Jose here, happy to report that Michael Haneke's extraordinary Amour was the big winner at the European Film Awards held in Malta, winning the awards for Best Film, Best Director, Best Actor (Jean-Louis Tringtinant) and Best Actress (Emmanuelle Riva) leaving the film one award shy of having earned the "big five", something that's never happened in the EFA's twenty five year history.
Following the film in wins were Shame and Tinker Tailor Soldier Spy which swept the technical awards with two each. Thomas Vinterberg's The Hunt won the award for Best Screenplay and Helen Mirren received the award for Achievement in World Cinema.
One thing I've always loved about the European Film Awards is how "odd" they are. People in America, used to the glitzy PC-ness of the Oscars and the Golden Globes, would be shocked to see how "real" and even careless their European counterparts are. This after all is the same awards show where I first saw Tahar Rahim's penis and enjoyed reactions of David Kross as he was caught playing with his iPhone.
I screencapped my favorite moments of this year's ceremony for all of you:
The Oscar race for Best Foreign Language Film is particularly exciting this year. We have more contenders than ever (71!) and so many strong films that the Academy's always controversial foreign language branch will undoubtedly piss various contingencies off when they announce the finalist list and then the nominees. They could lessen the size of the outcry each year if only their finalist list were 12 films long. It's so strange that they make it small enough (9 films) that those films which miss the nomination are in the minority and, thus, look particularly snubbed... numerically speaking. I've already raved about the Pinoy movie "Bwakaw", and here are two other worthy candidates for this annual honor. Don't miss them if you get a chance to see them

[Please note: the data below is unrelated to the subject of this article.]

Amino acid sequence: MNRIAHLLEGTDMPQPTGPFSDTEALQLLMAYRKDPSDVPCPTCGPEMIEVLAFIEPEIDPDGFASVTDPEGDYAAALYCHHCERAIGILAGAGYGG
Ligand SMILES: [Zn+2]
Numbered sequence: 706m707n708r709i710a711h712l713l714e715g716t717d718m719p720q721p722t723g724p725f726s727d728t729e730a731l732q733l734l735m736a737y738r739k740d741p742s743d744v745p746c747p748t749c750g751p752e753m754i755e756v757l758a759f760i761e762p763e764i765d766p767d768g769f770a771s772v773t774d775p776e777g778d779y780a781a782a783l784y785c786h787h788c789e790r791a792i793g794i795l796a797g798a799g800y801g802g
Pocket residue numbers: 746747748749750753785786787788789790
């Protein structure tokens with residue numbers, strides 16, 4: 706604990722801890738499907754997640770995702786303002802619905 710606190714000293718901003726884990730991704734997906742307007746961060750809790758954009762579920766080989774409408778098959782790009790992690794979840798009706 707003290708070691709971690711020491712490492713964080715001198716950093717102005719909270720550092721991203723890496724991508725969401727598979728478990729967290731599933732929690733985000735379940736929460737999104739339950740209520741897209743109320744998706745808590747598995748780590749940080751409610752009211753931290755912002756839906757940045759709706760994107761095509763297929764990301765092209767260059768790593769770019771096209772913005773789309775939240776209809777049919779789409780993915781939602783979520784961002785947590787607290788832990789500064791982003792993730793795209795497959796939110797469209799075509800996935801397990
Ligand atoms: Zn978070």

“Ladies and Gentlemen, people die. That’s all you need to know.” This line, a recurring catchphrase from aging chanteuse Kiki (Justin Bond) in the now departed Kiki & Herb act, used to make me howl with laughter. It was a perfect punchline, soaked as it was in booze and tragicomic matter-of-factness. People do die. Death is a fact of life but we spend so much time denying it that it often feels completely abstract, an imagined fate rather than an eventual one. But as Anne (Emmanuelle Riva), the elderly woman at the heart of Michael Haneke’s new film reminds us:
Imagination and reality have little in common.”
At first Haneke keeps his customary distance. Were it not for early publicity or the disturbing pre-title sequence that shows us a woman's decomposing body surrounded by flowers, we wouldn't even know who the principle characters were during the post-title opening shot, a crowd watching a piano recital. As in the finale of Haneke's best film (Caché) the director doesn't help you decide where to look; it's your job to find the narrative. But one of the strongest directorial impulses in Amour is Haneke's barely perceptible but undeniably tightening focus on the couple. Each scene seems to bring us closer to Anne and Georges (Jean-Louis Trigninant), a happy well-off couple in their eighties who enjoy literature, cultural events, and visits from their daughter (Isabelle Huppert) and Anne's former student (the pianist Alexandre Tharaud who appears to be playing himself). The first close-ups of note, an utterly captivating shot/reverse shot of the couple as Anne all but vanishes from a conversation in progress, is the bomb dropping...